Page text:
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Additional recommended knowledge
A thrombus, or blood clot, is the final product of the blood coagulation step in hemostasis. It is achieved via the aggregation of platelets that form a platelet plug, and the activation of the humoral coagulation system (i.e. clotting factors). A thrombus is physiologic in cases of injury, but pathologic in case of thrombosis.
Specifically, a thrombus is a blood clot in an intact blood vessel. A thrombus in a large blood vessel will decrease blood flow through that vessel. In a small blood vessel, blood flow may be completely cut-off resulting in death of tissue supplied by that vessel. If a thrombus dislodges and becomes free-floating, it is an embolus.
Some of the conditions which elevate risk of blood clots developing include atrial fibrillation (a form of cardiac arrhythmia), heart valve replacement, a recent heart attack, extended periods of inactivity (see deep venous thrombosis), and genetic or disease-related deficiencies in the blood's clotting abilities.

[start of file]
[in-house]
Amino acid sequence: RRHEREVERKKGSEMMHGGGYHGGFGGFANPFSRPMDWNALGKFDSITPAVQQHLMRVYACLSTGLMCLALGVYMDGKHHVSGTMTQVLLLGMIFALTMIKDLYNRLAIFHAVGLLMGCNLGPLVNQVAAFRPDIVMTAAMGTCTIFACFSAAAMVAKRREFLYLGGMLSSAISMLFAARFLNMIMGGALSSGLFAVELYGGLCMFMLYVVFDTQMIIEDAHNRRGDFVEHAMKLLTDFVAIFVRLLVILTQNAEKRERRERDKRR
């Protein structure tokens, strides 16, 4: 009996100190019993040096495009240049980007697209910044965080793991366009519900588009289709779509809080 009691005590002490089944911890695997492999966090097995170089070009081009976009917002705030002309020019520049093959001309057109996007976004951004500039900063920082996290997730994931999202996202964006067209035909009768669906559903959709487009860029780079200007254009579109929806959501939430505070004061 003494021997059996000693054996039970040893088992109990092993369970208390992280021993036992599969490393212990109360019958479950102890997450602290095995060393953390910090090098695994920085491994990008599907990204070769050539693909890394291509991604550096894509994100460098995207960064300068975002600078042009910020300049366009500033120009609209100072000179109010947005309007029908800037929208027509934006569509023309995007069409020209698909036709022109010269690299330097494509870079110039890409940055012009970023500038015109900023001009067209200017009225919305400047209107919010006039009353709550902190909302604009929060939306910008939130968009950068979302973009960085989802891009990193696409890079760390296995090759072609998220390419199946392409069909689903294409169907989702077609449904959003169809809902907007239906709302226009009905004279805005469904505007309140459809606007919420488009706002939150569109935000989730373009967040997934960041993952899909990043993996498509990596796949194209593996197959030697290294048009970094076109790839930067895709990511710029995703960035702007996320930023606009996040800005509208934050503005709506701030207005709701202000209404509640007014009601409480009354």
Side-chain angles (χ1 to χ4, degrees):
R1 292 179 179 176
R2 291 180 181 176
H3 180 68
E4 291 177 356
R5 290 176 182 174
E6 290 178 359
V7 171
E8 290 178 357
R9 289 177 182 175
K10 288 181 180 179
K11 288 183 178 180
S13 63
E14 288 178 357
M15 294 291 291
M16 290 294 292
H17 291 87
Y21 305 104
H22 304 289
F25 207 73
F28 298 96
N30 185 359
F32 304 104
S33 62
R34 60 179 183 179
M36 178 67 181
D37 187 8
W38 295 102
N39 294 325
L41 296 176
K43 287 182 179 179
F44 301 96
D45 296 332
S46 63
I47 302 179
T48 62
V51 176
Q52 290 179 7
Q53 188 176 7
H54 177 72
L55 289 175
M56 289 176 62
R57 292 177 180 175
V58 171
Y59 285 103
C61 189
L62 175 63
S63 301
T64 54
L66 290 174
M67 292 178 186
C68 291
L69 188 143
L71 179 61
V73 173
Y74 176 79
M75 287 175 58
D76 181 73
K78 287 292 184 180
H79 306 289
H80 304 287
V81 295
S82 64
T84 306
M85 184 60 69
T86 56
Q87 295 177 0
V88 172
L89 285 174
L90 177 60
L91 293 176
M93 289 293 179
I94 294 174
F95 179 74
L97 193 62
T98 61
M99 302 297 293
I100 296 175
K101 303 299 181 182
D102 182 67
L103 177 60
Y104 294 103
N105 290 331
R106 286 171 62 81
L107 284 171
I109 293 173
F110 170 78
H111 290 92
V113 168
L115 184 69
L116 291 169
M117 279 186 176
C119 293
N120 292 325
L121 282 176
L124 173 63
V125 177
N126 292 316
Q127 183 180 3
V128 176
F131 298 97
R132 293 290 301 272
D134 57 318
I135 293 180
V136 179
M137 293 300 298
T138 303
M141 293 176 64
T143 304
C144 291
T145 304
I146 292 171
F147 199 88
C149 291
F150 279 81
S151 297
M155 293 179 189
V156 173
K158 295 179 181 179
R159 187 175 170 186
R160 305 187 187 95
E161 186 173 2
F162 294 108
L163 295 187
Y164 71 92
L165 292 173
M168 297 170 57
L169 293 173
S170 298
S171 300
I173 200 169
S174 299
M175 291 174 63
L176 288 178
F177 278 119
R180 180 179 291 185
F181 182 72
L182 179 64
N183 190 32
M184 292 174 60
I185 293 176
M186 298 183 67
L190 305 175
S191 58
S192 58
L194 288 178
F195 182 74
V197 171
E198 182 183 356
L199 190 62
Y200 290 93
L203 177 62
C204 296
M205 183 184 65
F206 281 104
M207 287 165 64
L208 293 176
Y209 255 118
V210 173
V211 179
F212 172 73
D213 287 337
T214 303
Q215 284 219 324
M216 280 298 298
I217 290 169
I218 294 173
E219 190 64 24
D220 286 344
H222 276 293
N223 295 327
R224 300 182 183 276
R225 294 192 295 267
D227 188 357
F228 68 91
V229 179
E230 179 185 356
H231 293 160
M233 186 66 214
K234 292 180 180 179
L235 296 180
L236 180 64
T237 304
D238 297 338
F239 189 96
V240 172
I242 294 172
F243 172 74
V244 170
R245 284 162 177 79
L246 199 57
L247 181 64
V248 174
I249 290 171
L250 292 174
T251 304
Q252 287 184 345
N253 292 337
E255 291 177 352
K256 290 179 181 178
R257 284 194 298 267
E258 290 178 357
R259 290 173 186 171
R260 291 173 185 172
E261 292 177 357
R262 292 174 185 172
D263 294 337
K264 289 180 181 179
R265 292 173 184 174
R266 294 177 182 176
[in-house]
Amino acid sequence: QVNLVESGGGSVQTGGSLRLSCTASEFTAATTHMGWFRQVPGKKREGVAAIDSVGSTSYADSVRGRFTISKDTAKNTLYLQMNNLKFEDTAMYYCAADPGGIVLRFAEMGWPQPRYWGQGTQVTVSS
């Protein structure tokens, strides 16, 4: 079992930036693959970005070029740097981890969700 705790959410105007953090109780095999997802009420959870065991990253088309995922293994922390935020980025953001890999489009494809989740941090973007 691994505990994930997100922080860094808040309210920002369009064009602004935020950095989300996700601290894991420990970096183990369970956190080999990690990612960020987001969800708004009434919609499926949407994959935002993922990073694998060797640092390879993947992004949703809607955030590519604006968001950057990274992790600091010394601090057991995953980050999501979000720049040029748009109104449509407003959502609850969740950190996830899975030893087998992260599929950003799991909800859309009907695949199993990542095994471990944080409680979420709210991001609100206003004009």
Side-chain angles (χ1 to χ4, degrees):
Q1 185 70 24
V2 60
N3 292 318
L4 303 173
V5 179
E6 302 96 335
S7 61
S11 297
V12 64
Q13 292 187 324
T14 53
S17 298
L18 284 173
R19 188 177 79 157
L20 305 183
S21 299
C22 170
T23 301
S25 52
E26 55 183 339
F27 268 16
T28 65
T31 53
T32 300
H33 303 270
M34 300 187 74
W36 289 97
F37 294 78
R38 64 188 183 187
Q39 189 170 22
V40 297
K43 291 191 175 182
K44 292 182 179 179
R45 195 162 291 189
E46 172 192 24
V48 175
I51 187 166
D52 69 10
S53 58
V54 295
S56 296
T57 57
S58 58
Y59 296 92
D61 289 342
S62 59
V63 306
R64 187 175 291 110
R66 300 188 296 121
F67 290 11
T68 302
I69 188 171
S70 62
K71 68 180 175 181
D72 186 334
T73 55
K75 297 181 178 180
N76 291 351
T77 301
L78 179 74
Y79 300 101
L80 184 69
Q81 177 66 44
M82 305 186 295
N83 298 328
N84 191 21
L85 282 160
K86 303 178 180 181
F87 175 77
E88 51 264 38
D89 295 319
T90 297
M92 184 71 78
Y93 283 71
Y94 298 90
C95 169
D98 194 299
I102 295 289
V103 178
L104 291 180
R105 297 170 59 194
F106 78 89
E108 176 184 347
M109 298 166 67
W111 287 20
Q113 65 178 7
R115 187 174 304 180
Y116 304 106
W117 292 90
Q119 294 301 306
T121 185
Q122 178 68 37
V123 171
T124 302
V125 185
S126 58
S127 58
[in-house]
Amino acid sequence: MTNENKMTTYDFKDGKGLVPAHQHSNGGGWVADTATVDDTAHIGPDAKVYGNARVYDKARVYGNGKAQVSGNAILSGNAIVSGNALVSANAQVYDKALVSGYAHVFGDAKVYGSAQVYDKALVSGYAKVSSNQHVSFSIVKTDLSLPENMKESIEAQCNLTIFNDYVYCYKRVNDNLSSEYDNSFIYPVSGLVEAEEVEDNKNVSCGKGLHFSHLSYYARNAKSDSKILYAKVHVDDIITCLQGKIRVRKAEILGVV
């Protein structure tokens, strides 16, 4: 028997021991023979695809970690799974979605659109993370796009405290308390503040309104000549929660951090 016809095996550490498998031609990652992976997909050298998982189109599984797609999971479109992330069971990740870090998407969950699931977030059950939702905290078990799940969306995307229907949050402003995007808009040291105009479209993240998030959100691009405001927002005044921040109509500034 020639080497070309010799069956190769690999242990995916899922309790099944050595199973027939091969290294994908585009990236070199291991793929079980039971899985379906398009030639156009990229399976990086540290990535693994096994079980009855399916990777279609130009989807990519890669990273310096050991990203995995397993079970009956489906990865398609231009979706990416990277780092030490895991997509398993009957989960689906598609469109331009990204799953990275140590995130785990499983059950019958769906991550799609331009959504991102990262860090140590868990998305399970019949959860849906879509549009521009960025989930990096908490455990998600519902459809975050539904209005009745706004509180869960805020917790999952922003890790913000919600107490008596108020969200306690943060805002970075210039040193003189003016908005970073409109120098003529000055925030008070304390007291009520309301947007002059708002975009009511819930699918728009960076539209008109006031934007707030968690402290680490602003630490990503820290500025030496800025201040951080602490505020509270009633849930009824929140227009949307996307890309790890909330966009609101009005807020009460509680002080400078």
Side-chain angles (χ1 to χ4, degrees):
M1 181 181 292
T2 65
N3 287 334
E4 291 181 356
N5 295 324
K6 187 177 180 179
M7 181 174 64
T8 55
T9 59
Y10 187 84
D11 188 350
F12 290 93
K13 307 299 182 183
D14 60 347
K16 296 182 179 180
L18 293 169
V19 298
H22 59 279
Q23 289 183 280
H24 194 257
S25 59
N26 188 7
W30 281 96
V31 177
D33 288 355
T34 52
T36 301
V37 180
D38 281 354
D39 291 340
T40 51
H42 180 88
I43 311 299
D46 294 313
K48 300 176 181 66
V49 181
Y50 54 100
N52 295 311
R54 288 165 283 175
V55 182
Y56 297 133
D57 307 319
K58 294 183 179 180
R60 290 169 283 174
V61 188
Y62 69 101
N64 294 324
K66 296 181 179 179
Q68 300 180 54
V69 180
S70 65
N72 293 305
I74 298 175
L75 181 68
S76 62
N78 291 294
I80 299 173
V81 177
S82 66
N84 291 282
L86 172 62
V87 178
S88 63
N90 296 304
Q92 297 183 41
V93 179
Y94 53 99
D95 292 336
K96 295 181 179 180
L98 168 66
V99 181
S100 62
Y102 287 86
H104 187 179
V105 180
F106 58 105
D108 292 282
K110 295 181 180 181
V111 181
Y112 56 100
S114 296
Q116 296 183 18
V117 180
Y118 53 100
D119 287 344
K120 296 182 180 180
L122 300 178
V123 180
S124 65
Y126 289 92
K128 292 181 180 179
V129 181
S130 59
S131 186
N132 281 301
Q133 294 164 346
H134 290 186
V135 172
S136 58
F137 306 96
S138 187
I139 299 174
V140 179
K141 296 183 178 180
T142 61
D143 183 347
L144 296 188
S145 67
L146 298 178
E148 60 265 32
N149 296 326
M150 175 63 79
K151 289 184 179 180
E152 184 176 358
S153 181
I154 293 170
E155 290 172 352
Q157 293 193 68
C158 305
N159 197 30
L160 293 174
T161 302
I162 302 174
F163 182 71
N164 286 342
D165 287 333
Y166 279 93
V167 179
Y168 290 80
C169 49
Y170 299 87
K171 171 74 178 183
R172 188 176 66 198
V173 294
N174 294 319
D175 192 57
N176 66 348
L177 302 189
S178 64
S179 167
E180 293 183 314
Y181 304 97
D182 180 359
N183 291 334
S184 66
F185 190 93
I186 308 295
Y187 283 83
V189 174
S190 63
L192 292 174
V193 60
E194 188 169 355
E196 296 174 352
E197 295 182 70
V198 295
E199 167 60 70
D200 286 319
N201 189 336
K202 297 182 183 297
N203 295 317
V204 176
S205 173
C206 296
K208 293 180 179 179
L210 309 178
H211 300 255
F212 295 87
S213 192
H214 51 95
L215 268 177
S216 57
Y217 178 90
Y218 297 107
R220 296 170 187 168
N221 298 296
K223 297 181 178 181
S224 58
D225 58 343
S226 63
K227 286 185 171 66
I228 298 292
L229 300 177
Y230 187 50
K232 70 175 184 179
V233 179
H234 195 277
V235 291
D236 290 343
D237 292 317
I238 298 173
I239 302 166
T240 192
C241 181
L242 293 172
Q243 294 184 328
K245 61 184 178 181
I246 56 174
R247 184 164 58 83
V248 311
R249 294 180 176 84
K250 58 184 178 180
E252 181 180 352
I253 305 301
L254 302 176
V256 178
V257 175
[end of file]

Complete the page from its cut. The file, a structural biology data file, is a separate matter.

Preventing blood clots reduces the risk of stroke, heart attack and pulmonary embolism. Heparin and warfarin are often used to inhibit the formation and growth of existing blood clots, thereby allowing the body to shrink and dissolve the blood clots through normal methods (see anticoagulant).
Disseminated intravascular coagulation (DIC) involves widespread microthrombi formation throughout the majority of the blood vessels. This is due to excessive consumption of coagulation factors and fibrinolysis using all of the body's available platelets and clotting factors. The end result is ischaemic necrosis of the affected tissue/organs and spontaneous bleeding due to the lack of clotting factors. Causes are septicaemia, acute leukaemia, shock, snake bites or severe trauma. Treatment involves the use of fresh, frozen plasma to restore the level of clotting factors in the blood.
|This article is licensed under the GNU Free Documentation License. It uses material from the Wikipedia article "Thrombus". A list of authors is available in Wikipedia.|